Tate & Lyle exits European venture and shuts sucralose plant


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Tate & Lyle said the restructuring would make its Splenda sucralose business more sustainable
Tate & Lyle said the restructuring would make its Splenda sucralose business more sustainable

Related tags Splenda Sucralose Lyle

Tate & Lyle has announced a restructuring that will see it make changes to its struggling Splenda sucralose business and exit most of its European Bulk Ingredients business.

To deal with a sharp fall in profits from its sucralose business, the company said it would move all sucralose production to its Alabama plant and close its Singapore facility by spring 2016, incurring one-off net costs of about £125m (€174m). It said this should mean its sucralose business would break even within the next financial year and return to profitability by March 2017.

It also said it would exit the bulk ingredients facilities it owns with Archer Daniels Midland in Bulgaria, Turkey and Hungary, and acquire full ownership of a more specialty-focused plant in Slovakia that it also co-owned with ADM. The company said it would appoint ADM as exclusive agent for bulk ingredients produced from the plant, as well as from its wholly-owned corn wet mill in The Netherlands.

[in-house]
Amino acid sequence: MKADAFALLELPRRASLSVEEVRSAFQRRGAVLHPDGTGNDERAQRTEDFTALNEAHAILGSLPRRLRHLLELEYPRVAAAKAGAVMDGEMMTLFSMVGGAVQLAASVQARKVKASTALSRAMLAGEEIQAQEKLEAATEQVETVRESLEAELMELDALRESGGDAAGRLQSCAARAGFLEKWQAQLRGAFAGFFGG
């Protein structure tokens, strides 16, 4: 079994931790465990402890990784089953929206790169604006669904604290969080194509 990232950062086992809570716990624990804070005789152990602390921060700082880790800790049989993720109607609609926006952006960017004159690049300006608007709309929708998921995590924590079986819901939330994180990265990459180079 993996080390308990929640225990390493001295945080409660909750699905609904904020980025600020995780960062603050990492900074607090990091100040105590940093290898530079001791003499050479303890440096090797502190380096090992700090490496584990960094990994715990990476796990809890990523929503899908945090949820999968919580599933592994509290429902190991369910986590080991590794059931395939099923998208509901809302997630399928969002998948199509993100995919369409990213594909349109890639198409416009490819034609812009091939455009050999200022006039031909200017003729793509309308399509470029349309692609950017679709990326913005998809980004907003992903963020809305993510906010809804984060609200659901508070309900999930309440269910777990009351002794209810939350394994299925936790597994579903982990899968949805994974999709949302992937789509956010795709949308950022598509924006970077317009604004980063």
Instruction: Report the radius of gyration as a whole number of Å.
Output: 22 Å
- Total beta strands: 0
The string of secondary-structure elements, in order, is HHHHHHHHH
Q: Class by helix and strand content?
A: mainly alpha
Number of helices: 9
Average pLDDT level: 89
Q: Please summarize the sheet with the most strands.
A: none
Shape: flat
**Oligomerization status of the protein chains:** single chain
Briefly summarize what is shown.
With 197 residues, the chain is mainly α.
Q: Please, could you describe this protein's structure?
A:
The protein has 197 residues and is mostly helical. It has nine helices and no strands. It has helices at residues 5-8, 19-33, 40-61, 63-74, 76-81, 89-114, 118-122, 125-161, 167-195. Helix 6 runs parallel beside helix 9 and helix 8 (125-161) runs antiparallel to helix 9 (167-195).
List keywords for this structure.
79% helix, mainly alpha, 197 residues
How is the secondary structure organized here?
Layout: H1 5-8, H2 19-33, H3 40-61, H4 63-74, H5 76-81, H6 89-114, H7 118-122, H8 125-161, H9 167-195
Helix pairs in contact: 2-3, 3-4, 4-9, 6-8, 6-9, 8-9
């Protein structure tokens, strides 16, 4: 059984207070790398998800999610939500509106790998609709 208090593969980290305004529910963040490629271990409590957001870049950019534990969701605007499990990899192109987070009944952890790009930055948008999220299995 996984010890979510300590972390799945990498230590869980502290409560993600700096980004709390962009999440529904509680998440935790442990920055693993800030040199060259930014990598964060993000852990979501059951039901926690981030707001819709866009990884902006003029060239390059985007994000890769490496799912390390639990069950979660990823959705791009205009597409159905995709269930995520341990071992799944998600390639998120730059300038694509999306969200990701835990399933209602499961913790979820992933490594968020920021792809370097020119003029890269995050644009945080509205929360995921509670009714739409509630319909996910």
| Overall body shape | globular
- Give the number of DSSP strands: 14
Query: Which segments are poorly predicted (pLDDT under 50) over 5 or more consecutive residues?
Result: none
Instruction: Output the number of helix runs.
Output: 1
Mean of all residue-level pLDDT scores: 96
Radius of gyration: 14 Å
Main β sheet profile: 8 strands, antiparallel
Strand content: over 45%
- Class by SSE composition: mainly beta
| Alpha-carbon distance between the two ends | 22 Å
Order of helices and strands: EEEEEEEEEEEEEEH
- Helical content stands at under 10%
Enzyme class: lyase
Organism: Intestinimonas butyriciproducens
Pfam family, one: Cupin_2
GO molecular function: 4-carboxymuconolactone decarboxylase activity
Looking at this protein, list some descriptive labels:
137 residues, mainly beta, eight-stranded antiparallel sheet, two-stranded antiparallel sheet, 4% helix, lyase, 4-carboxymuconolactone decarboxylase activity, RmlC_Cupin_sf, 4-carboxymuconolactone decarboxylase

Tate & Lyle will receive €240m on completion of the deal.

Company CEO Javed Ahmed said in a statement that the restructuring would make the Splenda sucralose business more sustainable, and added: “Overall, the actions announced today streamline and further focus Tate & Lyle as it continues to transition to a global Speciality Food Ingredients business supported by cash generation from Bulk Ingredients.”

The company added that it would continue to supply European customers with crystalline fructose by being appointed as distributor for the ingredient produced from the plant it co-owned in Turkey under a long-term agreement.

The UK-headquartered ingredients firm had previously issued three profit warnings in a year, with the latest in February 2015, as competition from sucralose suppliers in China had undercut its prices, and the company struggled with falling oil and sugar prices.

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